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  1. #1
    Join Date
    Dec 2003
    Posts
    5

    Question Unanswered: I need help - date input masks for sqlldr

    Hi,

    I'm attempting to load flat character files into an Oracle 9i system with sqlldr - I'm having trouble getting my date columns loaded.

    The dates I'm trying to load all look like this: Jan 1 1993 12:00:00:000AM

    The extra precision in the seconds is throwing me off - (this came from a sybase table)

    Is there a character I can use in the input mask that will let sqlldr ignore a certain position?

    I have tried using fractional seconds... Mon DD YYYY HH:MIS:FFFAM but it doesn't seem to recognize it as a date format.

    Any suggestions?
    Thanks for your help!

  2. #2
    Join Date
    Dec 2003
    Posts
    5

    Talking Figured it out

    OK - so it turns out that Jan 1 1993 12:00:00:000AM is a TIMESTAMP datatype - rather than a DATE datatype. I changed the column type on the receiving table to TIMSTAMP and used the following input mask:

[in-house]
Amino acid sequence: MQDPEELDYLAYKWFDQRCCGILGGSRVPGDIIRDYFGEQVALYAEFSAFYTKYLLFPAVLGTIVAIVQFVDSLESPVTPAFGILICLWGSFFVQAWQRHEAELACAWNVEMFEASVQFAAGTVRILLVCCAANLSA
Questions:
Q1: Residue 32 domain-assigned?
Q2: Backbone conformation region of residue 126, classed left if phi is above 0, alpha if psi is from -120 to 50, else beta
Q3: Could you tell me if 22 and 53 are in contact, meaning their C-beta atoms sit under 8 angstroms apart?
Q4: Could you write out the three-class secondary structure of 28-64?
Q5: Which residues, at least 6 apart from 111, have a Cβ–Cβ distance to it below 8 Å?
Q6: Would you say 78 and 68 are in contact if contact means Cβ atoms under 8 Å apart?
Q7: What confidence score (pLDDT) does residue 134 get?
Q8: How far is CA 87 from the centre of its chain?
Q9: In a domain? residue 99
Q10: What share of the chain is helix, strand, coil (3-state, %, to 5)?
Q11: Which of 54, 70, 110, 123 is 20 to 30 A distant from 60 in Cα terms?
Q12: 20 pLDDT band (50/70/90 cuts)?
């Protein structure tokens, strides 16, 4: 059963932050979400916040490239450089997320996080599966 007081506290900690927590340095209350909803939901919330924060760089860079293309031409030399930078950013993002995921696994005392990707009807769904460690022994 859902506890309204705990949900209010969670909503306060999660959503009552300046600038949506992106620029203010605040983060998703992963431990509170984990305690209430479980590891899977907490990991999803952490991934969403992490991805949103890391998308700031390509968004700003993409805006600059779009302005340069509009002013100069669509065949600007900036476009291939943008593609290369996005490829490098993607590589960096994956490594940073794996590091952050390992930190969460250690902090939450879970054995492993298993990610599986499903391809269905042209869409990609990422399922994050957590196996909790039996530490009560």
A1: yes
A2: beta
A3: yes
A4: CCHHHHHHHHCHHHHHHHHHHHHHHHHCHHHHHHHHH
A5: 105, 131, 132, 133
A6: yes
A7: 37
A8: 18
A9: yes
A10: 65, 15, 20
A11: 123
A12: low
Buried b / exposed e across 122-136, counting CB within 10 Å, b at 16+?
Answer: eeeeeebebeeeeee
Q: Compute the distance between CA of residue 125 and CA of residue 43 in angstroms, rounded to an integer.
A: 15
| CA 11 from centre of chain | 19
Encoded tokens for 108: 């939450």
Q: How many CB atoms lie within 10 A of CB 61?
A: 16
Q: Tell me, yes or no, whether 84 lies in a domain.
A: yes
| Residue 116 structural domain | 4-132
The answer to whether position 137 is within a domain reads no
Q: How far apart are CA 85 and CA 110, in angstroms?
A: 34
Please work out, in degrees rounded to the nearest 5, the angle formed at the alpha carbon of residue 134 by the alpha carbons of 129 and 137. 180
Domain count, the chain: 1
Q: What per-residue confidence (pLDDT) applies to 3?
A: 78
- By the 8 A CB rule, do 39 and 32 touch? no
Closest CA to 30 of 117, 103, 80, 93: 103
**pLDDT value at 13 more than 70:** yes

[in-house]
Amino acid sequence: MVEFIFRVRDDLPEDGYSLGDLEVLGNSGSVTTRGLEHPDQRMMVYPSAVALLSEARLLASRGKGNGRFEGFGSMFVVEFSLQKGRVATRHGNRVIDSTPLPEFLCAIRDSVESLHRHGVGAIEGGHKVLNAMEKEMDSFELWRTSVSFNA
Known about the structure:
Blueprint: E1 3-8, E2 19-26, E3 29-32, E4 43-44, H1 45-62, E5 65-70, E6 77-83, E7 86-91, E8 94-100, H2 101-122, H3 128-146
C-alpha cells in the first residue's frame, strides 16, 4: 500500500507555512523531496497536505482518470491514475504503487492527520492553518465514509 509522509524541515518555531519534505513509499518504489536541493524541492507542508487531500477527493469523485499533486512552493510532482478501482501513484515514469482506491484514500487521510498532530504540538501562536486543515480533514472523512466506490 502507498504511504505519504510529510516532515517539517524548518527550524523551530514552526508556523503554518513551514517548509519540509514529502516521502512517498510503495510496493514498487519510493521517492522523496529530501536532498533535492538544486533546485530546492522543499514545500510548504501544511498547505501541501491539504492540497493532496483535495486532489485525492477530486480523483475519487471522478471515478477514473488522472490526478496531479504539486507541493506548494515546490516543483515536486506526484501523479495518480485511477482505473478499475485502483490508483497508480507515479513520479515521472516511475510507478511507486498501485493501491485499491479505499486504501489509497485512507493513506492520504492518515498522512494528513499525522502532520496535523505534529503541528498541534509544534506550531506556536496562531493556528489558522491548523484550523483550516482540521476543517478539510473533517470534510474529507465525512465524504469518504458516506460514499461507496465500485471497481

<column name> timestamp "Mon DD YYYY HH:MIS:FF3AM"
    And my table loaded up no problem.




    Originally posted by siderius
    Hi,

    I'm attempting to load flat character files into an Oracle 9i system with sqlldr - I'm having trouble getting my date columns loaded.

    The dates I'm trying to load all look like this: Jan 1 1993 12:00:00:000AM

    The extra precision in the seconds is throwing me off - (this came from a sybase table)

    Is there a character I can use in the input mask that will let sqlldr ignore a certain position?

    I have tried using fractional seconds... Mon DD YYYY HH:MIS:FFFAM but it doesn't seem to recognize it as a date format.

    Any suggestions?
    Thanks for your help!

  3. #3
    Join Date
    Jul 2003
    Posts
    2,296
    yup.

    in 9i, DATE stores to the second, TIMESTAMP stores to the billionth of a second. Since your precision goes past the second, then you have to use TIMESTAMP.
    - The_Duck
    you can lead someone to something but they will never learn anything ...

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